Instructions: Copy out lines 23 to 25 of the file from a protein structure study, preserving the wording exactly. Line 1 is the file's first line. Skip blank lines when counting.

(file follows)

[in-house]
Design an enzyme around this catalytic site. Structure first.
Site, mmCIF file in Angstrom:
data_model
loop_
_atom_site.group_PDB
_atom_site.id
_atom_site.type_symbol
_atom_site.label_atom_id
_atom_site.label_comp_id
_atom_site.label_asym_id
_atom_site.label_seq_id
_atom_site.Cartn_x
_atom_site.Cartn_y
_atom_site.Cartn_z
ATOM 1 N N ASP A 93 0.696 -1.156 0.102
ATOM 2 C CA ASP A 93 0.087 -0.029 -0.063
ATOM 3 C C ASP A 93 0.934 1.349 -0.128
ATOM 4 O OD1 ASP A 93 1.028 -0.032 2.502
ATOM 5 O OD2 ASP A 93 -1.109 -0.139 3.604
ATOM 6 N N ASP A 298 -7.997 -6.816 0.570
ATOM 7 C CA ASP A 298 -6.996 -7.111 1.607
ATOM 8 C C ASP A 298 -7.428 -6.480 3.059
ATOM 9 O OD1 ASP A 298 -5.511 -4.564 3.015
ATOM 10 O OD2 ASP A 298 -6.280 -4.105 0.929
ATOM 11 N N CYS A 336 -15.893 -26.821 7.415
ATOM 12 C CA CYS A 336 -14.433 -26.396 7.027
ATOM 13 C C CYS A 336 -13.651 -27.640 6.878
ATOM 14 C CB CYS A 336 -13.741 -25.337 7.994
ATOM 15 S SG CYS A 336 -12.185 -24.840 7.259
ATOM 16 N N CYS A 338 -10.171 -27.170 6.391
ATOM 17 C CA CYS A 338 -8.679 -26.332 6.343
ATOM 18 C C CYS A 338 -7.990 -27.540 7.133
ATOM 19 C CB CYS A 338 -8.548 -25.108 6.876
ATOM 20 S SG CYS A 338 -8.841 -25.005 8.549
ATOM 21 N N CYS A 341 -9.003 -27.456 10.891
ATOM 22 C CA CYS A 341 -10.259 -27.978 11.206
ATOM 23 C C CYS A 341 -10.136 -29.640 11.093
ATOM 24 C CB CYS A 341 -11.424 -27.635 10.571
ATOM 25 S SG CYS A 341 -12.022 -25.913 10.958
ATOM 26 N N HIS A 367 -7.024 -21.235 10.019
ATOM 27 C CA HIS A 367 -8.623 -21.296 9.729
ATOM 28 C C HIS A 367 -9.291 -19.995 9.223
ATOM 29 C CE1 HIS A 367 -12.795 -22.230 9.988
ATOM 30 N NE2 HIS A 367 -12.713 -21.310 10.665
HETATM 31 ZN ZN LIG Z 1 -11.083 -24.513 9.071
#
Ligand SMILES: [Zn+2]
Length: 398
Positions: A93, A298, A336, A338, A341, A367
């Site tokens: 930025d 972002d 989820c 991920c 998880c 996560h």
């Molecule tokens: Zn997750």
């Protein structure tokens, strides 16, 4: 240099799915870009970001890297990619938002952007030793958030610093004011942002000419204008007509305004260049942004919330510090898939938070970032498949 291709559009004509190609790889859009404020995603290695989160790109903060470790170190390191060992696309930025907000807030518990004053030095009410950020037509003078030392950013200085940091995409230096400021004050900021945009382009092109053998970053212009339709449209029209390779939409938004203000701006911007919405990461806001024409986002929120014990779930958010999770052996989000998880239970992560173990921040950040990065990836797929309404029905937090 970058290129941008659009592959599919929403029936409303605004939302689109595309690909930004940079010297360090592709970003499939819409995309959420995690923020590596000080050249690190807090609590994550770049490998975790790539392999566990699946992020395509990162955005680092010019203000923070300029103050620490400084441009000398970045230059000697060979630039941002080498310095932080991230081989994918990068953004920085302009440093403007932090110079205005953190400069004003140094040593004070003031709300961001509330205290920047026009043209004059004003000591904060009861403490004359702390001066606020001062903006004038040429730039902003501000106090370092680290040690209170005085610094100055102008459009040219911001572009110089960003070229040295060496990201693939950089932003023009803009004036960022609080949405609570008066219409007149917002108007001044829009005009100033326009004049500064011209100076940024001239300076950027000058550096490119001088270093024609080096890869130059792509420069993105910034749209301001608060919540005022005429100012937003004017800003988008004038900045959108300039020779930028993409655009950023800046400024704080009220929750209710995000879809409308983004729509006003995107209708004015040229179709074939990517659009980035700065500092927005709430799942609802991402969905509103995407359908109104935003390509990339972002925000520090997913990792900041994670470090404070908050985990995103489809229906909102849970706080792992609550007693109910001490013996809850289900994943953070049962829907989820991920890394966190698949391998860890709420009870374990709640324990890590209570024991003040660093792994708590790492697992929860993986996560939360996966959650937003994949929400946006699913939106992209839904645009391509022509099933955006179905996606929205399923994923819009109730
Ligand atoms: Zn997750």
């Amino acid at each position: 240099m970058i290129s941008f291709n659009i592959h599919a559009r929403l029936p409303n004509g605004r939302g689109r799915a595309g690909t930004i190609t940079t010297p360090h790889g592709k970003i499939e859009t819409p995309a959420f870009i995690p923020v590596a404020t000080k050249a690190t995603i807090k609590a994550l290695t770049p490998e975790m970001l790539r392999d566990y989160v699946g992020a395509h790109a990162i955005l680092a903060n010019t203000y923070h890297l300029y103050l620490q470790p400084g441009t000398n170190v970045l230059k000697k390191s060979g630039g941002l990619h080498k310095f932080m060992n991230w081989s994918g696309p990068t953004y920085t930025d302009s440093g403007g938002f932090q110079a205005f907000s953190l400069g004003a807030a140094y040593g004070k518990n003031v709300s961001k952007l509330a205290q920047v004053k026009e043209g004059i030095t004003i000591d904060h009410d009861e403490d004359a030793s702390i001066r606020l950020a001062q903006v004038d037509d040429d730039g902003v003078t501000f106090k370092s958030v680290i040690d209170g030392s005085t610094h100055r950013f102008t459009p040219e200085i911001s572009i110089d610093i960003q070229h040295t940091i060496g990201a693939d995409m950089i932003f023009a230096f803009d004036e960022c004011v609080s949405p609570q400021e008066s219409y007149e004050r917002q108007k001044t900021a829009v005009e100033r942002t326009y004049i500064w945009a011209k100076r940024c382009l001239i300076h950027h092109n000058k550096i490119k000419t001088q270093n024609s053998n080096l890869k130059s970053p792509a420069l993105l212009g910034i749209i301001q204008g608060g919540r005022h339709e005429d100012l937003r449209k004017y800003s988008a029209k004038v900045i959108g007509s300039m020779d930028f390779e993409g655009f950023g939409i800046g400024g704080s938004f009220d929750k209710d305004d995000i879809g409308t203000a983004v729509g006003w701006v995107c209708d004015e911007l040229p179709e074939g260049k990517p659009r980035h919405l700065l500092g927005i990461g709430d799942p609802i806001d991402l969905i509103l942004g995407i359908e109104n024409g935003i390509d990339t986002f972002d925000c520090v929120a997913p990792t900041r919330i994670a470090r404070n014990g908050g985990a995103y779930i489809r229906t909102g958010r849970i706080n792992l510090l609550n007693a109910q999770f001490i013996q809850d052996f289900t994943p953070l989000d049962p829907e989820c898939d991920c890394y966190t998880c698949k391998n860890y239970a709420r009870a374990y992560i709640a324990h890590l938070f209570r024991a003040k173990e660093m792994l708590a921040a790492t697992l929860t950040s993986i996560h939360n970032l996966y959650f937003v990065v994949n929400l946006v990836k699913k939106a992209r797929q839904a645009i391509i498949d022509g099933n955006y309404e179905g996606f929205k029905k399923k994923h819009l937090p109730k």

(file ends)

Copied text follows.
ATOM 8 C C ASP A 298 -7.428 -6.480 3.059
ATOM 9 O OD1 ASP A 298 -5.511 -4.564 3.015
ATOM 10 O OD2 ASP A 298 -6.280 -4.105 0.929